It is important for family physicians, families, and caregivers to be aware of an individual’s communication needs and requirements, and, where possible, develop plans or strategies to support patient-centred communication. Flexible and timely service responses and proactive, age‐appropriate planning are needed to ensure that people do not end up in crisis situations.
Caregivers and family members who help manage their loved one’s health care report challenges in communicating with family physicians, including:
- Experiencing frustration with the limited awareness and knowledge of developmental disabilities that health professionals and family physicians often have as a result of infrequent opportunities for them to either treat or learn about individuals with developmental disabilities.
- Encountering difficulties communicating with family physicians when providing diagnostic information, expressing concerns, or making suggestions.
- Feeling that they have had to educate first themselves, and then their family physician about developmental disabilities.
As a result, interactions between families and physicians can become strained2.
A sense of safety, emotional connection, and belonging become increasingly important as people age, and their families and friends reach the end of their lives. Supporting existing relationships among extended families and paid caregivers, and expanding personal support networks are both critical to ensuring that individuals have people in their lives who are genuinely interested and respect them and who can safeguard their well-being as they get older. Family physicians can support and enable these vital relationships through practice that empowers both the individual and the support network.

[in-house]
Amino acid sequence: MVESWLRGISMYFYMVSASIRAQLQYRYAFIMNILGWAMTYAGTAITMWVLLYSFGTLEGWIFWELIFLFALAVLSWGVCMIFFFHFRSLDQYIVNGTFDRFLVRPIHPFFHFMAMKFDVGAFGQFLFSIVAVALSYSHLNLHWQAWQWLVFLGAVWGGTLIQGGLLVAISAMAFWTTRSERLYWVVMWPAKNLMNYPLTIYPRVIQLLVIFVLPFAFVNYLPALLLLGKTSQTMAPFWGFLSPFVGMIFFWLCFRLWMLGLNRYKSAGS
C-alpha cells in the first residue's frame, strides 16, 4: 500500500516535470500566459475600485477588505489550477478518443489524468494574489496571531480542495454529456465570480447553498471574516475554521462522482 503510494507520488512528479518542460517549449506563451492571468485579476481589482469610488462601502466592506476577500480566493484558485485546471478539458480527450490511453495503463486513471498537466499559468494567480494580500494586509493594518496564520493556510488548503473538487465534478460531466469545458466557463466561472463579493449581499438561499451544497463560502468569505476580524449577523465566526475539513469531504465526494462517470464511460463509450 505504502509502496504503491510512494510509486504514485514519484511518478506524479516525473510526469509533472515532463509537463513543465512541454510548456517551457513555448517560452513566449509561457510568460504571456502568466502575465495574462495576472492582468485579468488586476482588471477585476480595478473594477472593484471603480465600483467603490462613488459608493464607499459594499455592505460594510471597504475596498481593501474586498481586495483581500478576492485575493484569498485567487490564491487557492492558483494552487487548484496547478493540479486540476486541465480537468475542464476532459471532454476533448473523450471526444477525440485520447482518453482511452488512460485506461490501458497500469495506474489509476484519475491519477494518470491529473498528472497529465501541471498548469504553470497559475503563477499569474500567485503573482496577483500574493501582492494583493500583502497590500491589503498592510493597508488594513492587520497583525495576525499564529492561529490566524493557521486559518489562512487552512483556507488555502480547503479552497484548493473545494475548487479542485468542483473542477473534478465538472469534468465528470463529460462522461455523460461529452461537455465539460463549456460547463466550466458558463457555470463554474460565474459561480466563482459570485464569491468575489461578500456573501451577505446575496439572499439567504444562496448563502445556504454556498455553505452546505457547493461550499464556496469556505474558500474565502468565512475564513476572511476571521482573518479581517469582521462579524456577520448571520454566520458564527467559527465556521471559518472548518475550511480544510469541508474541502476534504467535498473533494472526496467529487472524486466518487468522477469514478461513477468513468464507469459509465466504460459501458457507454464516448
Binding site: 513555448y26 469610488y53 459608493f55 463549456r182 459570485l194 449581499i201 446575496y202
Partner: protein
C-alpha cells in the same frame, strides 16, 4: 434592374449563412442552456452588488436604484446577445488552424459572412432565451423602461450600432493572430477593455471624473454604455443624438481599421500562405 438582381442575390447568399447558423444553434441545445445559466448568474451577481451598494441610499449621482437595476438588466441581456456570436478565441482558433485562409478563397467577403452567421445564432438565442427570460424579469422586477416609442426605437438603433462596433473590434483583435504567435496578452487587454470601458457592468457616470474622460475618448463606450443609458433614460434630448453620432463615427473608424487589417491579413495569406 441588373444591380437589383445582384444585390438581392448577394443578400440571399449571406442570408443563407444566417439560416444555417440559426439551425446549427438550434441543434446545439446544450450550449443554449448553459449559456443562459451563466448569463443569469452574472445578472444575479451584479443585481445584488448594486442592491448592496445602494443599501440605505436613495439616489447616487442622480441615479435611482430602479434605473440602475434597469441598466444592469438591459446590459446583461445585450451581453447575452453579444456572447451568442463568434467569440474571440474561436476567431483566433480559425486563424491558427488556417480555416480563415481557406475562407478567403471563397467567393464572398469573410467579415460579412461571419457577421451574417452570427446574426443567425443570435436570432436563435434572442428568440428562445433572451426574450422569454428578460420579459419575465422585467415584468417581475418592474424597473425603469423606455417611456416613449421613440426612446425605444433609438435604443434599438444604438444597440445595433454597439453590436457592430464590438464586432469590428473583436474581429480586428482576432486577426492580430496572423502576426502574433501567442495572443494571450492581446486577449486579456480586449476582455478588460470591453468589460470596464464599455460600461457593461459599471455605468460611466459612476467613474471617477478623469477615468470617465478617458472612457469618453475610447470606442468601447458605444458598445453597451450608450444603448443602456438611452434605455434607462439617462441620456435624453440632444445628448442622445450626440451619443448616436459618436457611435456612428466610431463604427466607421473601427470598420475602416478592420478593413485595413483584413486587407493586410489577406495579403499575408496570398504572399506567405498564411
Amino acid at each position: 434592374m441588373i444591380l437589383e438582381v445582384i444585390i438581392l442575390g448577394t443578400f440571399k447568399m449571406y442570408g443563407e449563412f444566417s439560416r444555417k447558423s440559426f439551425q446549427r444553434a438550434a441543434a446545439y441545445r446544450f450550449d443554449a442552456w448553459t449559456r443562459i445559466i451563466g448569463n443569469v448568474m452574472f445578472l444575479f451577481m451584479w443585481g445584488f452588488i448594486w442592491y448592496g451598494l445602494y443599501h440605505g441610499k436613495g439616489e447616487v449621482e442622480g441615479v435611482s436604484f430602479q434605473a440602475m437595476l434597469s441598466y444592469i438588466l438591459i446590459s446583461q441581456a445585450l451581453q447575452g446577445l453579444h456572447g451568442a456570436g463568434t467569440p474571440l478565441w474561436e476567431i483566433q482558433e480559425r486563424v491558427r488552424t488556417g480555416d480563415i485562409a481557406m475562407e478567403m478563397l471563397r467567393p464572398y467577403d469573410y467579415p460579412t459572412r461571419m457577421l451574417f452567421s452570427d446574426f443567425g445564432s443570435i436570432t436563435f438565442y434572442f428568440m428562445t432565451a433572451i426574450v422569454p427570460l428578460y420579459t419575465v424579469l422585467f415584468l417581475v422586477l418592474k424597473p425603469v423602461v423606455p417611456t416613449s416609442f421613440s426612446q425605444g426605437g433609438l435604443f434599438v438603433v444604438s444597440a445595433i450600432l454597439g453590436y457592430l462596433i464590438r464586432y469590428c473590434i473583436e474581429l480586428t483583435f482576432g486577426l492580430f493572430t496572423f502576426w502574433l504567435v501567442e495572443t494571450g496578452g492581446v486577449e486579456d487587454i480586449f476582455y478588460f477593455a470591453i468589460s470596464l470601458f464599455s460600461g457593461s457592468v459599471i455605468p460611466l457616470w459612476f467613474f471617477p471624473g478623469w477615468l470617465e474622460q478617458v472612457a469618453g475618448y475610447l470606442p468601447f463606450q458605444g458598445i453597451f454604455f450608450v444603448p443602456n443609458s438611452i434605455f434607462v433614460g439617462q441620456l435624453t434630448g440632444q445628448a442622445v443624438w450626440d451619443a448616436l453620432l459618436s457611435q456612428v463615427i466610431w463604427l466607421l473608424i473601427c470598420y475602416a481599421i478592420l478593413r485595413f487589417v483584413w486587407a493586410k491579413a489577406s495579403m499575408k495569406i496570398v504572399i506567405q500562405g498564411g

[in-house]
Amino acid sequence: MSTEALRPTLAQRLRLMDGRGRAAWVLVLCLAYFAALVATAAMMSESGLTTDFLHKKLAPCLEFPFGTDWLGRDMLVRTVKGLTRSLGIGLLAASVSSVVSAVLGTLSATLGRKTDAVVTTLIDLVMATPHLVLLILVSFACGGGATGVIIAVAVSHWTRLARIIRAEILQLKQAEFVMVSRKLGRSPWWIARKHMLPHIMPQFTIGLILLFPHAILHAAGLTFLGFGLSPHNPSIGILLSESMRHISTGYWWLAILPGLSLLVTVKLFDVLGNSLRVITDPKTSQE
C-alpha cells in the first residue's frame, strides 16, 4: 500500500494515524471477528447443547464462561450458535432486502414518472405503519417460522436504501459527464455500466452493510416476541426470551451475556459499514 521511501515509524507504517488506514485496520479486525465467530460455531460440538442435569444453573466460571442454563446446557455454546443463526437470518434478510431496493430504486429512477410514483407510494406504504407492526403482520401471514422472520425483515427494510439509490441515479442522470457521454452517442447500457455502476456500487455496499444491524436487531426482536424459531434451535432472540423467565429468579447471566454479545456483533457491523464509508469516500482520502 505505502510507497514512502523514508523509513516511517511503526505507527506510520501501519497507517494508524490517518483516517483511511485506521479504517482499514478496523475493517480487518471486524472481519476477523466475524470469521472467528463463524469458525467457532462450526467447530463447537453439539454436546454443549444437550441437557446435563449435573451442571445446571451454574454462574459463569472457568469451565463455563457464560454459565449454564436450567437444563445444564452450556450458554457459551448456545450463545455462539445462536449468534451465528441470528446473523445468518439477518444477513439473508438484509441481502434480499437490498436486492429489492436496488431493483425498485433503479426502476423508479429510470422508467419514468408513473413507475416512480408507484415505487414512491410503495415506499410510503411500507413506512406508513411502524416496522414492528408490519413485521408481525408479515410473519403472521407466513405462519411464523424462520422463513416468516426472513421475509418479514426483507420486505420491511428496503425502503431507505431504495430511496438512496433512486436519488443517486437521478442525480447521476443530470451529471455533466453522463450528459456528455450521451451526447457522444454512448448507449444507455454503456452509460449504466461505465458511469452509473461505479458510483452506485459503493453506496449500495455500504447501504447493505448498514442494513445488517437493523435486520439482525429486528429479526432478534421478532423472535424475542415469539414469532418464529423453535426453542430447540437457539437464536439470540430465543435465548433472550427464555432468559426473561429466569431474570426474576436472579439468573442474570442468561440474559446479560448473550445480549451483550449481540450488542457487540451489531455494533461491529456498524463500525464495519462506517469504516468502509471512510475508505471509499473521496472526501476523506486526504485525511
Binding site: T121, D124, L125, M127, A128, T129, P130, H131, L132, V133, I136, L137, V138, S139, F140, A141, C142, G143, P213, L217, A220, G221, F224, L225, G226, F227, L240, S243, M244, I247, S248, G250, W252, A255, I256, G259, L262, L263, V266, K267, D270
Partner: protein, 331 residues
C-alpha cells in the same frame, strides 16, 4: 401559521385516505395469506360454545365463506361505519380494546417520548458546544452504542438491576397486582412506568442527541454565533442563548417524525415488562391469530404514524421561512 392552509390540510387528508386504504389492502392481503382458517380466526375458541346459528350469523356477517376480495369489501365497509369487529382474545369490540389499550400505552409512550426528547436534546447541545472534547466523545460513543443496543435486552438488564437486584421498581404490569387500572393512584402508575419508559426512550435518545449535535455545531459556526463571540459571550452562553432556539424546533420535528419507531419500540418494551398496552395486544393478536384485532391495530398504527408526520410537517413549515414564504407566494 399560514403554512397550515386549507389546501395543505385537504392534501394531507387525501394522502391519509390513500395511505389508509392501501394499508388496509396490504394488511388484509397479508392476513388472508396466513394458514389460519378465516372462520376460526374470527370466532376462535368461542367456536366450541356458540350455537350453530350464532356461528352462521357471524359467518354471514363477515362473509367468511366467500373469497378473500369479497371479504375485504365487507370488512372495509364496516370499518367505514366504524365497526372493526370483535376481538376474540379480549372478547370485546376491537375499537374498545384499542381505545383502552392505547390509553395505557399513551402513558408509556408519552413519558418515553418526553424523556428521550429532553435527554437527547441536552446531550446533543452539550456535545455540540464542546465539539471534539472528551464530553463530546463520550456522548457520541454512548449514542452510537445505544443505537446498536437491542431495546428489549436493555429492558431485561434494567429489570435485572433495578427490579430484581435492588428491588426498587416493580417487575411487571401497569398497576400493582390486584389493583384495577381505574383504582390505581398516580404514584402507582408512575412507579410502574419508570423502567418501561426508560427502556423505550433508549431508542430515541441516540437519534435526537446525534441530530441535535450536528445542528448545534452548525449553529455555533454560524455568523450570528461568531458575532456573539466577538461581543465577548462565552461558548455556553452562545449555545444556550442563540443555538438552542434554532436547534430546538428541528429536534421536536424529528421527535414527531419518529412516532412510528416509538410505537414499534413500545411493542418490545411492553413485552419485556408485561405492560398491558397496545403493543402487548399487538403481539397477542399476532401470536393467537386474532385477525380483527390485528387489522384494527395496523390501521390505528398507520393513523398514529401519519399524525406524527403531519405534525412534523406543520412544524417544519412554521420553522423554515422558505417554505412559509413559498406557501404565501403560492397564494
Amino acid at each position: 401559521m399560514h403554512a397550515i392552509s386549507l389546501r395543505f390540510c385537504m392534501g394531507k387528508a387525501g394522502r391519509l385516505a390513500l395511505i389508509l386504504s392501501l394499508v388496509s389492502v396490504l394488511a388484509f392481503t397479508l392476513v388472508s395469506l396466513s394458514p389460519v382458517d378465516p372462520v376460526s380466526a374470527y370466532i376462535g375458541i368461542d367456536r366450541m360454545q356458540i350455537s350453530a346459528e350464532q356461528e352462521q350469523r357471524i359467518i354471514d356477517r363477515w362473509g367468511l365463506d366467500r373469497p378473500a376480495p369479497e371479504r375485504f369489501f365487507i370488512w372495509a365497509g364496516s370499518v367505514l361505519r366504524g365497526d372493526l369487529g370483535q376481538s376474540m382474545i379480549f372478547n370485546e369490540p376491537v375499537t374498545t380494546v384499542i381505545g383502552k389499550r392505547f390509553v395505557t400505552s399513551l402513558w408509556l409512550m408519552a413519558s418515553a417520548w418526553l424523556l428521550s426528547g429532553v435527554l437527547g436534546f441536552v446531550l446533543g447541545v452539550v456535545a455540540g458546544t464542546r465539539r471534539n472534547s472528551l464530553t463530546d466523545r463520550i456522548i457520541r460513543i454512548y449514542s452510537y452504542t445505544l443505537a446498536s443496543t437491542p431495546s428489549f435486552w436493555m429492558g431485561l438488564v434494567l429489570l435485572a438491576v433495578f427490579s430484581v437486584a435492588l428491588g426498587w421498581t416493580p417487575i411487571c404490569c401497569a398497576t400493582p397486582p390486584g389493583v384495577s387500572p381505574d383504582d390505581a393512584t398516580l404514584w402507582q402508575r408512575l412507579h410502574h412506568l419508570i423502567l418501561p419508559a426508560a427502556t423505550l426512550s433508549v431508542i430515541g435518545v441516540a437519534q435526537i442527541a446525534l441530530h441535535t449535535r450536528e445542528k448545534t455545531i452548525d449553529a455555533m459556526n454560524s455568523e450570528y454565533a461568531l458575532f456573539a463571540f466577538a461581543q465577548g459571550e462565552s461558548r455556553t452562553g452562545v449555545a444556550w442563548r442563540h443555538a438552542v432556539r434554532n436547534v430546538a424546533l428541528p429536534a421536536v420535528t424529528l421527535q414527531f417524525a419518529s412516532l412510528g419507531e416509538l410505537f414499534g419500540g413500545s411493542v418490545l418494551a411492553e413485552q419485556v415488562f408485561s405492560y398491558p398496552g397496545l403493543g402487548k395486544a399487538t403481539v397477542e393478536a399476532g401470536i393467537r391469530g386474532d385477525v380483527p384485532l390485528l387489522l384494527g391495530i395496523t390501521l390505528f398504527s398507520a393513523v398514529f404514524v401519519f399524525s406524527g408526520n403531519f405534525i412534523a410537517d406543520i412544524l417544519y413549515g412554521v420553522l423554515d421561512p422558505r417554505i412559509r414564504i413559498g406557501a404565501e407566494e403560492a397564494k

The Roles of Families and Paid Caregivers
Many individuals with developmental disabilities are cared for and supported by their family, who also play a significant role in their health care. Some individuals have paid caregivers who will support and accompany them to medical appointments. The individual may want family members to advocate for their needs and to be involved in health care decision-making. For this reason, it is important that family members are aware of and comfortable with the role they play in the health and safety of the individual, and that this role is communicated to the care team. Neither family members nor caregivers can provide consent on behalf of an individual without a formal legal agreement in place.